Last month, I was invited to speak at a small gathering on the subject "Are we winning the war in information security?"
This was a rather nerve-racking prospect, because I knew the audience would consist of some of the country's most important and competent heads of security. What could I tell them that they didn't already know?
But it was a good question to consider, and so I accepted the challenge and started looking around for evidence. Luckily, Symantec had just produced its latest half-yearly Internet Threat Report, which gave me a pretty comprehensive picture of the current state of the internet. The numbers are not encouraging.
Nearly every type of threat is on the increase, from spam to phishing. Viruses and worms are produced at breakneck speed, while software companies struggle to get patches out. New threats are also on the increase, with spyware, adware and keyloggers finding their way on to unprotected systems.
Then there is organised crime, running botnets and DoS attacks, stealing credit card details and using the internet to launder money earned by even more sordid means.
These are the outside threats. Adding to the general gloom is the inside threat. We talk of user awareness programmes, which are supposed to solve this. But these programmes rely fundamentally on employees having the good of the organisation at heart.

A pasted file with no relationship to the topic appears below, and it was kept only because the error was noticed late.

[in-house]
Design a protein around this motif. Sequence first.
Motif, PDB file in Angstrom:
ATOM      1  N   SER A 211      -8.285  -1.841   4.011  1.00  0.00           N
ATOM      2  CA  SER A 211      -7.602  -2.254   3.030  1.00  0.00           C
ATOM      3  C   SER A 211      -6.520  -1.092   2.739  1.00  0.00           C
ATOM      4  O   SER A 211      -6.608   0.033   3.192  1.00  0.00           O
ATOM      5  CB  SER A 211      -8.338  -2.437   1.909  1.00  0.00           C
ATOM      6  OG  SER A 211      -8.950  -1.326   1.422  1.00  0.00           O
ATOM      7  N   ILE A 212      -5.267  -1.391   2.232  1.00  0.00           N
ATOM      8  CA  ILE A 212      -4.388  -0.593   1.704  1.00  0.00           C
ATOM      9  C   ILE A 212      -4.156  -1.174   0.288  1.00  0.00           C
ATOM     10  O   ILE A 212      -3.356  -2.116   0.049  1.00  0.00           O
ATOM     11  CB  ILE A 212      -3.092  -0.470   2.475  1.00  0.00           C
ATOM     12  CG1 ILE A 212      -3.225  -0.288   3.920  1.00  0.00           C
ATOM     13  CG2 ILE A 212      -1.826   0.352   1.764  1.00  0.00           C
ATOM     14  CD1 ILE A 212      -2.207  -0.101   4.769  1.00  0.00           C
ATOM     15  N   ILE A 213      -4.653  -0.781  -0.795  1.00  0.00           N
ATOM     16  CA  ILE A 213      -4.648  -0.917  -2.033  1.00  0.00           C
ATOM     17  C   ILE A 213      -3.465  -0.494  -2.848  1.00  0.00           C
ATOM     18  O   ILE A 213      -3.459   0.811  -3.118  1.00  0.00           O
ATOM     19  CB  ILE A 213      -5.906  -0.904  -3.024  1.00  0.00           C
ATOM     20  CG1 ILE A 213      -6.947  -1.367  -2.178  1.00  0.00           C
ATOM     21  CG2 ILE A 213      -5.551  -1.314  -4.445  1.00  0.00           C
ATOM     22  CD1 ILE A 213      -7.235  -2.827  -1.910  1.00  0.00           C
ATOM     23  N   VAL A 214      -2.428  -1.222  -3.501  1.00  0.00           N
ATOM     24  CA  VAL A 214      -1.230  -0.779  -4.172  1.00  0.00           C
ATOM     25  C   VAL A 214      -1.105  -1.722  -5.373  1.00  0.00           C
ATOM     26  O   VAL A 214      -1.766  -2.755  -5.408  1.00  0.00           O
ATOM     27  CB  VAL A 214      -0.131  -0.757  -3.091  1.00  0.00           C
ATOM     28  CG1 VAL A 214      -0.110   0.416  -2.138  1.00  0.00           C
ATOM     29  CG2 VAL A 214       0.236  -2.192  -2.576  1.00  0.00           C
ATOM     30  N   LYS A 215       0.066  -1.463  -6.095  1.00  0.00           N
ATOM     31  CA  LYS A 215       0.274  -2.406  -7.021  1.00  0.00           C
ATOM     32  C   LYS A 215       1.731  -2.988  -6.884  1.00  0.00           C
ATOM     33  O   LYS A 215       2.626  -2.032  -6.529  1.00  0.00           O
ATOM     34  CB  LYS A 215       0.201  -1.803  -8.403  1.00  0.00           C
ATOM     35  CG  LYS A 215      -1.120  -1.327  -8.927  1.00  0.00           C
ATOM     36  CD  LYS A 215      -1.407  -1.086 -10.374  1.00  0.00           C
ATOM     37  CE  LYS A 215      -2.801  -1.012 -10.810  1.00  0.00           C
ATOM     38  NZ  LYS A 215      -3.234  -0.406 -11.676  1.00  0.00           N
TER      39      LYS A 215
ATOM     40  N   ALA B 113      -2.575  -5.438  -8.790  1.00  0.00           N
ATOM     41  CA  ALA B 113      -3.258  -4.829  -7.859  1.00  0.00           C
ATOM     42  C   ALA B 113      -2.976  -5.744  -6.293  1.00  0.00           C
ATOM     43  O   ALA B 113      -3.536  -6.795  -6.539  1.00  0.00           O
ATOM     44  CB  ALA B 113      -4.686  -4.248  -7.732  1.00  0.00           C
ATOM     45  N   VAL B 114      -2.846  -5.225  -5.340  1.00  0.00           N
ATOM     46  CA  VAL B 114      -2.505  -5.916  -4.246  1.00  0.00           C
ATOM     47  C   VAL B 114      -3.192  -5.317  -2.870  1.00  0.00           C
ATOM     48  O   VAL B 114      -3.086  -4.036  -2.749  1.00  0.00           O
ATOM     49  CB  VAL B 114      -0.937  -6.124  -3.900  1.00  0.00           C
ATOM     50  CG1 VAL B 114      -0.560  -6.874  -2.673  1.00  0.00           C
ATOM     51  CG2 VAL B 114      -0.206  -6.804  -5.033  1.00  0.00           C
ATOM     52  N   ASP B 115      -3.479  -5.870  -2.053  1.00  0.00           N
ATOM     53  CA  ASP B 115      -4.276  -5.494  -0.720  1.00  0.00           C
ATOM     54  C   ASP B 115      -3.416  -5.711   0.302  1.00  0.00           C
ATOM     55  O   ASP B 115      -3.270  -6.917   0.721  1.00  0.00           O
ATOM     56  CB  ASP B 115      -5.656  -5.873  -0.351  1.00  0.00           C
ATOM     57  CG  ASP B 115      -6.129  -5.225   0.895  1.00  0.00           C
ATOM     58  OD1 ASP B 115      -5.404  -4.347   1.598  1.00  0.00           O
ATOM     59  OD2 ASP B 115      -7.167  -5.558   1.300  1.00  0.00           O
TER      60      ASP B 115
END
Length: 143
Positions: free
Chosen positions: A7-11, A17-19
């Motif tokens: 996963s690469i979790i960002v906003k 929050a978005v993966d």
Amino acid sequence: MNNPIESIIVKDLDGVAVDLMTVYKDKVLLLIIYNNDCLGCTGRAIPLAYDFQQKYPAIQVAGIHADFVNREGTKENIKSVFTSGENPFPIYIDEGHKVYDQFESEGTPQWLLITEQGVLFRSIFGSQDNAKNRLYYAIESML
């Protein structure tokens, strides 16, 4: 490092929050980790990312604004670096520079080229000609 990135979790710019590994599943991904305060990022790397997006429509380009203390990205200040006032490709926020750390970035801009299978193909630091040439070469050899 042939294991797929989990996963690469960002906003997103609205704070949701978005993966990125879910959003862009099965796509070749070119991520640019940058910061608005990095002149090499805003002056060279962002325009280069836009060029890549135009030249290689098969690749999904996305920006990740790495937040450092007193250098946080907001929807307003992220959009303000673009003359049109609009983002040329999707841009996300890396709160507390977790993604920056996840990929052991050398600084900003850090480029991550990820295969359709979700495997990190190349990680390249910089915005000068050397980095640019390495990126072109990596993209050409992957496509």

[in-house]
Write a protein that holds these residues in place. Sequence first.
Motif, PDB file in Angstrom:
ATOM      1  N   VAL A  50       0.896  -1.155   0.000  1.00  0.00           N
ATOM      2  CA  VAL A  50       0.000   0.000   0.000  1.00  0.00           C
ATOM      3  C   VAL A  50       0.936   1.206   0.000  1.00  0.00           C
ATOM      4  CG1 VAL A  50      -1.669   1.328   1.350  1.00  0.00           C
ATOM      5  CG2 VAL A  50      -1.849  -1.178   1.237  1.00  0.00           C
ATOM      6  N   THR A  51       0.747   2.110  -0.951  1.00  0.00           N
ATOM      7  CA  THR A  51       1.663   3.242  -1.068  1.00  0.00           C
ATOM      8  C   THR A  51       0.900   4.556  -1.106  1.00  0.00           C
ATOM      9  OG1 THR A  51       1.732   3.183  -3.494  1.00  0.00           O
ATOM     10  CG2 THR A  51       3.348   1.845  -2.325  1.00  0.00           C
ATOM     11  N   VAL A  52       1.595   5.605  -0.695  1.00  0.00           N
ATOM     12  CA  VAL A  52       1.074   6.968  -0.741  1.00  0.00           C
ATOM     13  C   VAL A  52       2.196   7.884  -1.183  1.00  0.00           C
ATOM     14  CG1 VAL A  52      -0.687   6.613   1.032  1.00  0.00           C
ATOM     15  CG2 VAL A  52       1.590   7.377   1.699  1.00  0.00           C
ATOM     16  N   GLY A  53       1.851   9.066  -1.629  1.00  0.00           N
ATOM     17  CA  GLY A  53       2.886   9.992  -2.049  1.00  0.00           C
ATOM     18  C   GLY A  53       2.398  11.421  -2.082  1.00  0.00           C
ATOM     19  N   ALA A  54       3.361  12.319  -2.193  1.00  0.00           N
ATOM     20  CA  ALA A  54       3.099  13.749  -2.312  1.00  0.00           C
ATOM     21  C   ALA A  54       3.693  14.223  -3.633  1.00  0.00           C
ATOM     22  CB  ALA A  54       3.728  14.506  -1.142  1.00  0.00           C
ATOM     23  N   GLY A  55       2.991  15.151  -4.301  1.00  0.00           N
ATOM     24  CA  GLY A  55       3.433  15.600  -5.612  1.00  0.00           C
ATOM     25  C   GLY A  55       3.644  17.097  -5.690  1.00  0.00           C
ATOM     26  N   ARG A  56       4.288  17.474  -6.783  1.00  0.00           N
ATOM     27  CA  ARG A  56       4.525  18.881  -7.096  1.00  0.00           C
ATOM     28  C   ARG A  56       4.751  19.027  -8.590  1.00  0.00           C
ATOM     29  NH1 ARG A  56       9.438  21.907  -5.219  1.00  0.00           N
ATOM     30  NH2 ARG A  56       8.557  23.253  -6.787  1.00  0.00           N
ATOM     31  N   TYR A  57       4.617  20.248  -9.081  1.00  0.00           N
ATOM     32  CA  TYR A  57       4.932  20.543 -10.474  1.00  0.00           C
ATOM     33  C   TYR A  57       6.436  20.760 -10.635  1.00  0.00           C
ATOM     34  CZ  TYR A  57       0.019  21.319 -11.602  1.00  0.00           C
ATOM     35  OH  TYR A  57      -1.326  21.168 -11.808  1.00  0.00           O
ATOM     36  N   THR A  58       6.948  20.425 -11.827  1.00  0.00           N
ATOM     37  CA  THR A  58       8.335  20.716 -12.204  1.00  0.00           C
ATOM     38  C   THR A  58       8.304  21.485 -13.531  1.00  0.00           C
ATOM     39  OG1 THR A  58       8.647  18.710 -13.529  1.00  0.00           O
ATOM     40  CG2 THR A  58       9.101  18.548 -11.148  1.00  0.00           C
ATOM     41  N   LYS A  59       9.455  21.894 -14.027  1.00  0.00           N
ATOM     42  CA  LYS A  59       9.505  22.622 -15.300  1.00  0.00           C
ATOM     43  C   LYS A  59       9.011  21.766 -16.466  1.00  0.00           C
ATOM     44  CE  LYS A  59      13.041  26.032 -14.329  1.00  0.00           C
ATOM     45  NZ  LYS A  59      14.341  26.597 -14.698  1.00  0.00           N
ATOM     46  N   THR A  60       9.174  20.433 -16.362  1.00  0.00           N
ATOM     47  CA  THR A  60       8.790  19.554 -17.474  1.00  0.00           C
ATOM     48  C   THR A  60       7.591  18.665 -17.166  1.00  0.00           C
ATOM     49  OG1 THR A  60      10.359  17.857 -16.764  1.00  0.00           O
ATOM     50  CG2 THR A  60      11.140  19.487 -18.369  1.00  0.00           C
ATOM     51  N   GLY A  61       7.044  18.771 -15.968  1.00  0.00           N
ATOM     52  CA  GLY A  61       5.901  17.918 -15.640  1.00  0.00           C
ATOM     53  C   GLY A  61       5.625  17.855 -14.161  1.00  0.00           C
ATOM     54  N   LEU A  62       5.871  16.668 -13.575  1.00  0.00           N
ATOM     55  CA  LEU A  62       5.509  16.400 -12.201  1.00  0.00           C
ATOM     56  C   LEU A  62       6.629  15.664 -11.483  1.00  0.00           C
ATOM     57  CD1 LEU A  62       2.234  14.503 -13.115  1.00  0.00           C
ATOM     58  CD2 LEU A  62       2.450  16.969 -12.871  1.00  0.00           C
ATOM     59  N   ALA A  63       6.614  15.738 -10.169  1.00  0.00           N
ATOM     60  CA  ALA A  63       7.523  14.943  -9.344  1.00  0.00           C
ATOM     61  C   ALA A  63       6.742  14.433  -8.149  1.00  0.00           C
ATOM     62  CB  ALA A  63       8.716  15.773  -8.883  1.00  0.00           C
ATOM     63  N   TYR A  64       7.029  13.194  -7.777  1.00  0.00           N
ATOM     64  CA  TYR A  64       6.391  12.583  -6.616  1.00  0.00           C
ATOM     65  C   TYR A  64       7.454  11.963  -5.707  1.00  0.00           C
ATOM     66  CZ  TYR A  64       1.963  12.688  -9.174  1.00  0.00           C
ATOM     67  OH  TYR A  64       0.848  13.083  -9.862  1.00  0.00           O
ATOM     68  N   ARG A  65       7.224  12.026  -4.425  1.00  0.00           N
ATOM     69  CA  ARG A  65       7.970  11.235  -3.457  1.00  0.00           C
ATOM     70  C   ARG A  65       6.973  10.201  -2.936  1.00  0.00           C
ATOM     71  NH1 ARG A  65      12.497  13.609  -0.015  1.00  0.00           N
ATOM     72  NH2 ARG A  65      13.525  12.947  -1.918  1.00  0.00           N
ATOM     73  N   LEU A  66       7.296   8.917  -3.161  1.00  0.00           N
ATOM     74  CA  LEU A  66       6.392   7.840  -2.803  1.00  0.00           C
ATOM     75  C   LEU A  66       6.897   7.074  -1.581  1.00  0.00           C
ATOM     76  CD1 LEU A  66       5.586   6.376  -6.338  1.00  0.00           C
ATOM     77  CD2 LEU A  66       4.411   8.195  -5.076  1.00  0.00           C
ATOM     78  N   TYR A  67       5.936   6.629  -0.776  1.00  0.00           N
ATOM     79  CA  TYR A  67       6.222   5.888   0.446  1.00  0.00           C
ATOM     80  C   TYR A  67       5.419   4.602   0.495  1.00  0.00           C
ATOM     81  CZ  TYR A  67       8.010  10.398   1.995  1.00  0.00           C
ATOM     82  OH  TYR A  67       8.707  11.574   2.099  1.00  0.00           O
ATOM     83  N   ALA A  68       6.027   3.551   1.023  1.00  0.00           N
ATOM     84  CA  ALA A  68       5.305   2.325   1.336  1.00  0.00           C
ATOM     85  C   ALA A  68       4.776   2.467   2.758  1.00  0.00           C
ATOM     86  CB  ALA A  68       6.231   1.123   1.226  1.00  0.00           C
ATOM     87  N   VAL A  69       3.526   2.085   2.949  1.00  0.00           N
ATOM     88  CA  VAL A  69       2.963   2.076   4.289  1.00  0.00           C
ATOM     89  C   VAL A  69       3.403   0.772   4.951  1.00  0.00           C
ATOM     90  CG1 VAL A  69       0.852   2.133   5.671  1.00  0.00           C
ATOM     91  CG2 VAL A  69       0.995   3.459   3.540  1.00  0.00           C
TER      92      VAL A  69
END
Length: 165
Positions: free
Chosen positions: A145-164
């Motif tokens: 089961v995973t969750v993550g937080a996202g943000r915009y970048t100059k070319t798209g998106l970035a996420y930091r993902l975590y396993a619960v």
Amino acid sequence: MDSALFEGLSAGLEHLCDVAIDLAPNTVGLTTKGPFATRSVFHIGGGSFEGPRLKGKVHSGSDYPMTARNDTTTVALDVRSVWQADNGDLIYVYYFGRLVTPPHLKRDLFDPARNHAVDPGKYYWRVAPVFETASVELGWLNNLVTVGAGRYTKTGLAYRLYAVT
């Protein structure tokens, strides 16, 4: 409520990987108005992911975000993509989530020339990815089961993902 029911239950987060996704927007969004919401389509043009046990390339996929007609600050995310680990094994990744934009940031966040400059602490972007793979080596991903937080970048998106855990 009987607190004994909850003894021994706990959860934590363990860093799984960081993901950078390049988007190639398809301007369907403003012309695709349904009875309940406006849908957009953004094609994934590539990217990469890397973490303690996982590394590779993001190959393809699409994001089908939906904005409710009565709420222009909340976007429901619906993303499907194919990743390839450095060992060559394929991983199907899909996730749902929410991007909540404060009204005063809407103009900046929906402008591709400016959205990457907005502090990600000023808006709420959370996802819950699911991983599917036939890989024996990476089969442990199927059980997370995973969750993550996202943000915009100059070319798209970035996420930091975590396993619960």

But how does a company keep everyone onside when it needs to be constantly seeking cost reductions in a competitive world?
For instance, if you outsource the work of department A, staff in department B will have just cause to fear for their future job prospects. The B team might then worry less about protecting company data, arguing that if the company won't look after them, why should they look after the company?
So the picture looks grim, outside on the internet and inside the organisation.
But does that mean we are doomed to lose the war?
Not necessarily. The good news is that most of the problems are easy to fix, either by the judicious use of technology or through improved procedures.
The secret of good information security is to get the simple things right, rather than getting worked up about the latest sexy subject, such as podslurping or cyberterrorism.
Get identity management under control for a start, because if you don't know who's on the system, you are wide open to attack.
Here's a simple litmus test to tell if you're on top: when someone leaves your firm, long does it take to kill all their accounts? If it can be done as you print their P45, you're probably winning. If it takes weeks, you need to try harder.
Ron Condon is editor-in-chief of SC Magazine